It Costs $400 To Spend New Year's Eve At Olive Garden In Times Square

Or, the cost of four Pasta Passes.

No New Year's Eve plans? No problem. Olive Garden in Times Square has got you covered... for a price.

For $400, or the cost of four pasta passes, you can attend Olive Garden's Times Square New Year's Eve party on Dec. 31. Included in the price tag is a dinner buffet, multiple open bars, a DJ and dancing and a Champagne toast at midnight.

Not included in the price are breadsticks, according to the New York Post, although the restaurant told The Huffington Post it would cook up a few if requested. Neither is guaranteed seating (tables are filled on a first-come, first-serve basis) or a guaranteed view of the famous ball drop some four blocks away.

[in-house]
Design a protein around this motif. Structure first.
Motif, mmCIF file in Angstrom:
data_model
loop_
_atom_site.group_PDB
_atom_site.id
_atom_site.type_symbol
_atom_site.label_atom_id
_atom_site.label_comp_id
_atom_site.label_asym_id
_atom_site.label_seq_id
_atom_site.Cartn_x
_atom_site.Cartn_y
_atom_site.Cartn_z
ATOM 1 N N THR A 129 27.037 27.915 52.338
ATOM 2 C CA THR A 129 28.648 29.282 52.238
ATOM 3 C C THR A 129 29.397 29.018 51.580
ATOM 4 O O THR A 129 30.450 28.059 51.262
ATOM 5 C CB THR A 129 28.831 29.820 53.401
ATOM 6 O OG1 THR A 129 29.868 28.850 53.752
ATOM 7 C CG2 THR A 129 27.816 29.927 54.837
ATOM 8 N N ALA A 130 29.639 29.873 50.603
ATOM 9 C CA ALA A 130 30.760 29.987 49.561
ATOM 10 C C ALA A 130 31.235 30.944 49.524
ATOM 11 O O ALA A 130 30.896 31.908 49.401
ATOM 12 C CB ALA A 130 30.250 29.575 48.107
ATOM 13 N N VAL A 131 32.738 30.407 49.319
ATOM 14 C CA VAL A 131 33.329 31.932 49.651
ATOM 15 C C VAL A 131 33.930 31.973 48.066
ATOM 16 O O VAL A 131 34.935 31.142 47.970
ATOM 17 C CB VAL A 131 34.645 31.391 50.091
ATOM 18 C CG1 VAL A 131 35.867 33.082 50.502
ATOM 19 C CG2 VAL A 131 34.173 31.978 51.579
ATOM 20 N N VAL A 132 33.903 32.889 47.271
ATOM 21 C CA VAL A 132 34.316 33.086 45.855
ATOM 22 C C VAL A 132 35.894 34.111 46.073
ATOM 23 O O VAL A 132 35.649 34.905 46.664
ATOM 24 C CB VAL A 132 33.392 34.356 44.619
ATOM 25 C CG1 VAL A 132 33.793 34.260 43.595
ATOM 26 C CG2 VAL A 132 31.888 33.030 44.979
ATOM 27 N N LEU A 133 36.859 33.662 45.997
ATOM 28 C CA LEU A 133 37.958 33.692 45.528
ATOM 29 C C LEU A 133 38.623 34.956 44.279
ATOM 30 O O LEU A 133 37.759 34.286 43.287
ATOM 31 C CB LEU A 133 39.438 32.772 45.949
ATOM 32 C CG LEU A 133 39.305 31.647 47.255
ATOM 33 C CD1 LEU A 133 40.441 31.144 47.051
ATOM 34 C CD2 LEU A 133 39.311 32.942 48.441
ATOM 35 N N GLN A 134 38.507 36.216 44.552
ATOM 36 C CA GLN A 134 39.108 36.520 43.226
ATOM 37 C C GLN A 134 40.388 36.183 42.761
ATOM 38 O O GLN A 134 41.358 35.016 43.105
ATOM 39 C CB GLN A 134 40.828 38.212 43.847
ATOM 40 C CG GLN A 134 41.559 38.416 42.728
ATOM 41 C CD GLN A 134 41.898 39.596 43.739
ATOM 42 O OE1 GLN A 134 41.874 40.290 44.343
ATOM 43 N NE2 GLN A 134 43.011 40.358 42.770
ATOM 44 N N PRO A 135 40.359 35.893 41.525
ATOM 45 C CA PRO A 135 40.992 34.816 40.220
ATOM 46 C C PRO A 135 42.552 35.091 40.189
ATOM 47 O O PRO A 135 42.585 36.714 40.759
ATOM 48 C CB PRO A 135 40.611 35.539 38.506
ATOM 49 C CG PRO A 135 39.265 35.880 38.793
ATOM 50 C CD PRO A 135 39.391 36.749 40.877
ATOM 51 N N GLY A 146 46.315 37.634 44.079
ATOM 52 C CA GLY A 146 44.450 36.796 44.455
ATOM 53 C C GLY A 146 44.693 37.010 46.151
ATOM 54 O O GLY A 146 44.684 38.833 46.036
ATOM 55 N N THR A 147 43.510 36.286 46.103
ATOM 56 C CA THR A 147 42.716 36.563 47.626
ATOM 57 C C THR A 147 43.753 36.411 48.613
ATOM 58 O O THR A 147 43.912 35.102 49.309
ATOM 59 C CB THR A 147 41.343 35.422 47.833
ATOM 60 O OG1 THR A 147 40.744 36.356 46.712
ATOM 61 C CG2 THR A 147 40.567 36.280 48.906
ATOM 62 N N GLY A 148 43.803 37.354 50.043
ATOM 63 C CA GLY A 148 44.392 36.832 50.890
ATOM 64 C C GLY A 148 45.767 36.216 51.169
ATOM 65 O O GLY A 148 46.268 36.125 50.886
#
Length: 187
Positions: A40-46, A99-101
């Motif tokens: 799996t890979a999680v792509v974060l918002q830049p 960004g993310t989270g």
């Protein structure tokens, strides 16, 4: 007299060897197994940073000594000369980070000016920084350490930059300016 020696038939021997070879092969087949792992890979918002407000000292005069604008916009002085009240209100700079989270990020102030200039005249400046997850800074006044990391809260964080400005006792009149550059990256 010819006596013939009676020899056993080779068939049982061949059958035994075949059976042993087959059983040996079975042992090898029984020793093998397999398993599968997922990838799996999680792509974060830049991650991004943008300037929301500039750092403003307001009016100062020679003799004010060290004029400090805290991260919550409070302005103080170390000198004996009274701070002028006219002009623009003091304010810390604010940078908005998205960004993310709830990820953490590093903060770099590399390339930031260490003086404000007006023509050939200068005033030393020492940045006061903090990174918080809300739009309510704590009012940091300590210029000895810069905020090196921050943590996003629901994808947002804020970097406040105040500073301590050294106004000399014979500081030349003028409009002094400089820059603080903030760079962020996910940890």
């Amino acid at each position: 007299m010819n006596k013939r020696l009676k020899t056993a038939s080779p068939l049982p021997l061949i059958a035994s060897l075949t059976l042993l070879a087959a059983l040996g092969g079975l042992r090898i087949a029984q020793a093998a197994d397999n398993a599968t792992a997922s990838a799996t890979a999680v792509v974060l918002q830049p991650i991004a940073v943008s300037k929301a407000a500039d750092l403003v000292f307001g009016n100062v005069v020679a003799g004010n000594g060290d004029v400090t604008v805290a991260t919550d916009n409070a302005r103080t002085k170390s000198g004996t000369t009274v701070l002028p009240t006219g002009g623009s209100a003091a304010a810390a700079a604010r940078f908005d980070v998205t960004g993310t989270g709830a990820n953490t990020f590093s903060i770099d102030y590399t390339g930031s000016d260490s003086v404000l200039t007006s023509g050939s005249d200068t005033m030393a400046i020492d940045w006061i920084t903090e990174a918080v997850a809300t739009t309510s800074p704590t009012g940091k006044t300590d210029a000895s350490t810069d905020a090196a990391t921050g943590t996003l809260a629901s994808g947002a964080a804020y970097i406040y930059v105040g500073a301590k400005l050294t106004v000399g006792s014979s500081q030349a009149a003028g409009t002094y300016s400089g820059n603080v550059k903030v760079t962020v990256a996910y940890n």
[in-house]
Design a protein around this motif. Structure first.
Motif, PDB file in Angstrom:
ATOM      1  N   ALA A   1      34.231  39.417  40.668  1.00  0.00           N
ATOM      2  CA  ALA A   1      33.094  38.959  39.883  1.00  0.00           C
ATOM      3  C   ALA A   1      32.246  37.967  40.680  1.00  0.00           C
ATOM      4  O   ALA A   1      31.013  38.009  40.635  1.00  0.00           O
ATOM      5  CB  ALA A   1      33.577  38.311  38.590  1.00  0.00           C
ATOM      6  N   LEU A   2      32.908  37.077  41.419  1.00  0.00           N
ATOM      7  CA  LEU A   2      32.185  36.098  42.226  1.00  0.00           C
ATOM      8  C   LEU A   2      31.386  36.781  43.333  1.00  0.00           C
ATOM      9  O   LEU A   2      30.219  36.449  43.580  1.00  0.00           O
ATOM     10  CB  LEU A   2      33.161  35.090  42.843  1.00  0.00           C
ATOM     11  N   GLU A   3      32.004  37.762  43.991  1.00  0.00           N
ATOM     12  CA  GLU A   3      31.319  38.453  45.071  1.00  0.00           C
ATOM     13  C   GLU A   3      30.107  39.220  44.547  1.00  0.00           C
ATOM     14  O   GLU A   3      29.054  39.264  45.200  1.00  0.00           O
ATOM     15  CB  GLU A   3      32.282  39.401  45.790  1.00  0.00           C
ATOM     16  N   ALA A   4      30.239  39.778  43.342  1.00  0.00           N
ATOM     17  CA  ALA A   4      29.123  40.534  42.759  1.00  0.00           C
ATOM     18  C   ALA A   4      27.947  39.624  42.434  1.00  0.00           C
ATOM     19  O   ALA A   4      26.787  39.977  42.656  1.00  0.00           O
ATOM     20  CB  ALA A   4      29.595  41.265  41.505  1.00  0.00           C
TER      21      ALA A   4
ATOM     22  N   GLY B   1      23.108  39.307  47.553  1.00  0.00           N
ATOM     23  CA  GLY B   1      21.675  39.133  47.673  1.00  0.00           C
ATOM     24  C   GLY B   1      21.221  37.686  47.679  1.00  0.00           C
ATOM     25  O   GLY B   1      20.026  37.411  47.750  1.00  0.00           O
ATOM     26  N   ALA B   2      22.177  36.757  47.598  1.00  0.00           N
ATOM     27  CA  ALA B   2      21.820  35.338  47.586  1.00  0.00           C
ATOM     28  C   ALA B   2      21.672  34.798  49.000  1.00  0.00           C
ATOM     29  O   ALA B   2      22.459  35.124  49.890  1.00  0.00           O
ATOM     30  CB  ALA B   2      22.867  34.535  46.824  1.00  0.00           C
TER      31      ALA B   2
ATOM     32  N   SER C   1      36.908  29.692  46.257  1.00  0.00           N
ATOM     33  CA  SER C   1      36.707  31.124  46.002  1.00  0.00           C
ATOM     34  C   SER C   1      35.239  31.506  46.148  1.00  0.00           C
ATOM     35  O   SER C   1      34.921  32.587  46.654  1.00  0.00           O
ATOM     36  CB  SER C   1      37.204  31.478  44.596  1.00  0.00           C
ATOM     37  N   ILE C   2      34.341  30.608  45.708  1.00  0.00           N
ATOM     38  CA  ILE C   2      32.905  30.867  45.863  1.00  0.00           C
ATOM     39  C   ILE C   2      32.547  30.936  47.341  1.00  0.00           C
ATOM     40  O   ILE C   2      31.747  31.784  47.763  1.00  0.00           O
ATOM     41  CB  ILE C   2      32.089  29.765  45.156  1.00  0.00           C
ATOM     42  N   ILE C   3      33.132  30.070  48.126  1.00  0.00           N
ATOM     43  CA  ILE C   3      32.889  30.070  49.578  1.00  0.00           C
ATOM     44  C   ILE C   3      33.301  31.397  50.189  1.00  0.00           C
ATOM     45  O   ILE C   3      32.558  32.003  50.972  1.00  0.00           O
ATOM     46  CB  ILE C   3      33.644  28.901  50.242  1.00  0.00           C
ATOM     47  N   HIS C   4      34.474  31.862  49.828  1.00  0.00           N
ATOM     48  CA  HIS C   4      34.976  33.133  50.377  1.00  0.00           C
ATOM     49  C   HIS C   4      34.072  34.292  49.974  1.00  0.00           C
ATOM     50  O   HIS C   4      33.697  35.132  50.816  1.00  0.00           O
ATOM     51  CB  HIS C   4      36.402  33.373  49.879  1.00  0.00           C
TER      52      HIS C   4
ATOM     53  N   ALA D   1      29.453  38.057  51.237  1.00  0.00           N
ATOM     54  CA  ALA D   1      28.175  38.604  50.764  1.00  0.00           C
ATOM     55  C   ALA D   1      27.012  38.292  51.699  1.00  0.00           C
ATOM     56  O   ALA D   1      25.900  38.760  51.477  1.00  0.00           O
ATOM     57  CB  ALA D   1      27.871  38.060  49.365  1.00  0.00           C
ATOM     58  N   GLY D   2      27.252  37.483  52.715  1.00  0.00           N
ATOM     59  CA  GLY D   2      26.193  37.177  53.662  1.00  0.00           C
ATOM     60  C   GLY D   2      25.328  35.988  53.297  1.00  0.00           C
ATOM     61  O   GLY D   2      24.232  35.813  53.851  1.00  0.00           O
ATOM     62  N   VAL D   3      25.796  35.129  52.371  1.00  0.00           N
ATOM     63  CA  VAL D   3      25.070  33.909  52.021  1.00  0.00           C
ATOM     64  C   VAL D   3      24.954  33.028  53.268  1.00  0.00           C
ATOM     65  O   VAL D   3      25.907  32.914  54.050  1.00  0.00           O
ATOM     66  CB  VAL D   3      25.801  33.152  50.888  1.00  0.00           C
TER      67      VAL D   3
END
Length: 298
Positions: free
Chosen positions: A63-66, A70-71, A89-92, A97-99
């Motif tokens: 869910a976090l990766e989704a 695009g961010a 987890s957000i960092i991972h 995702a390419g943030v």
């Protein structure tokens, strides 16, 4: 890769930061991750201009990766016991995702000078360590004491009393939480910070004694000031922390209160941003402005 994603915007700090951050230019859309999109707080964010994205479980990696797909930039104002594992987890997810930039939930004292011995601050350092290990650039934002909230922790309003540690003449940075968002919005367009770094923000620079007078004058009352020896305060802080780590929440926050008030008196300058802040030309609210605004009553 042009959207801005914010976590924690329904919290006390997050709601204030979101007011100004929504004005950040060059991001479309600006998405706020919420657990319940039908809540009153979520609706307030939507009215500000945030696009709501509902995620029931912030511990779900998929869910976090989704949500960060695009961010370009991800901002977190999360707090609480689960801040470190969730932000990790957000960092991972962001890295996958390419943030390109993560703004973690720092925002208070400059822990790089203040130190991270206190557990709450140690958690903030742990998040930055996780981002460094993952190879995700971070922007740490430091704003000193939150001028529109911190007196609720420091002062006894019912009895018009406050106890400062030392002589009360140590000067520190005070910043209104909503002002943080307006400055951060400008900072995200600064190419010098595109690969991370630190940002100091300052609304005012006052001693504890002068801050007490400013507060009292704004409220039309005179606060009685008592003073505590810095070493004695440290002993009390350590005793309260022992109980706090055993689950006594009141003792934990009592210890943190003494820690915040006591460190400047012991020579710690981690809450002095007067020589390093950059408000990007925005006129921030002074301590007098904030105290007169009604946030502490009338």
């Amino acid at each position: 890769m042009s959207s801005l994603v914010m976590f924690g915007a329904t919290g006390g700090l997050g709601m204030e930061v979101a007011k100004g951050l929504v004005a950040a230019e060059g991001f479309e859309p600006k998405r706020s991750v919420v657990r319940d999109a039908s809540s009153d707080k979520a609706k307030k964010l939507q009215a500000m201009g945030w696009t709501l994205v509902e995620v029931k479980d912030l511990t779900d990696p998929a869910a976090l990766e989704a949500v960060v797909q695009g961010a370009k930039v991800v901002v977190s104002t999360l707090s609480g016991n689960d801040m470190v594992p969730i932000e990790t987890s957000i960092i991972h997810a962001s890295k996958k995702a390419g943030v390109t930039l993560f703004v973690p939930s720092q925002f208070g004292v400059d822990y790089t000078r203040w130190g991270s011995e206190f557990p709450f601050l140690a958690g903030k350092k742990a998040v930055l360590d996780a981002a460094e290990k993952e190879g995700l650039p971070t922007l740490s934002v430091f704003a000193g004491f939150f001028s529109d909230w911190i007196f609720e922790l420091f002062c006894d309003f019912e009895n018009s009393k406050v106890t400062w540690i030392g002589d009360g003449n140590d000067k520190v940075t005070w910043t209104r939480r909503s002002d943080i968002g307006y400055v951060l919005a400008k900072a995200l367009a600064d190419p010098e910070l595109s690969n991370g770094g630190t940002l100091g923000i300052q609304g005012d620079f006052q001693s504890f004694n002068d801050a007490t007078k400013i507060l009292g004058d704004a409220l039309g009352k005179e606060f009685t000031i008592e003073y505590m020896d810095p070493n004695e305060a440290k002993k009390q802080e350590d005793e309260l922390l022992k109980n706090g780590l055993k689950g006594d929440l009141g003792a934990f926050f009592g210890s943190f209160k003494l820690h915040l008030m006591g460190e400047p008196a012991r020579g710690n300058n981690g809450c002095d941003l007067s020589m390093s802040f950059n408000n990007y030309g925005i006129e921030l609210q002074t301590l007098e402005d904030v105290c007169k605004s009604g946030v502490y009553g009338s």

A quick perusal of Instagram shows the price of the 21-and-over event went up from last year, when it was $350 per person:

According to Jessica Parkin, who attended the 2014 celebration with friends, the hefty price tag is well worth it -- there were a "load of people desperately trying" to scalp the group's tickets, she said.

"From the Olive Garden you couldn't see the main stage or the ball drop, but around 11:40 p.m. we were taken through the back door to the Olive Garden and onto the streets in our own gated section where you could see the ball drop and be part of all the action. It was perfect," she told The Huffington Post.

A photo posted by @jessparkin on

Plus, you get to be in Times Square on New Year's Eve without having to be in Times Square on New Year's Eve.

"Through the window you could see the crowds stood in the freezing cold and we felt extremely pleased that we were in the warmth!" Parkin said.

If you can believe it, Olive Garden isn't even the most expensive chain restaurant option for New Year's Eve in Times Square. Head to New York Post to see how exorbitant things really get.

UPDATE: On Tuesday, Olive Garden said breadsticks would, in fact, be included in the cost of a ticket. Previous reports that there would be no breadsticks were said to be the result of confusion among staff.

Also on HuffPost:

New Year's Eve Party Apps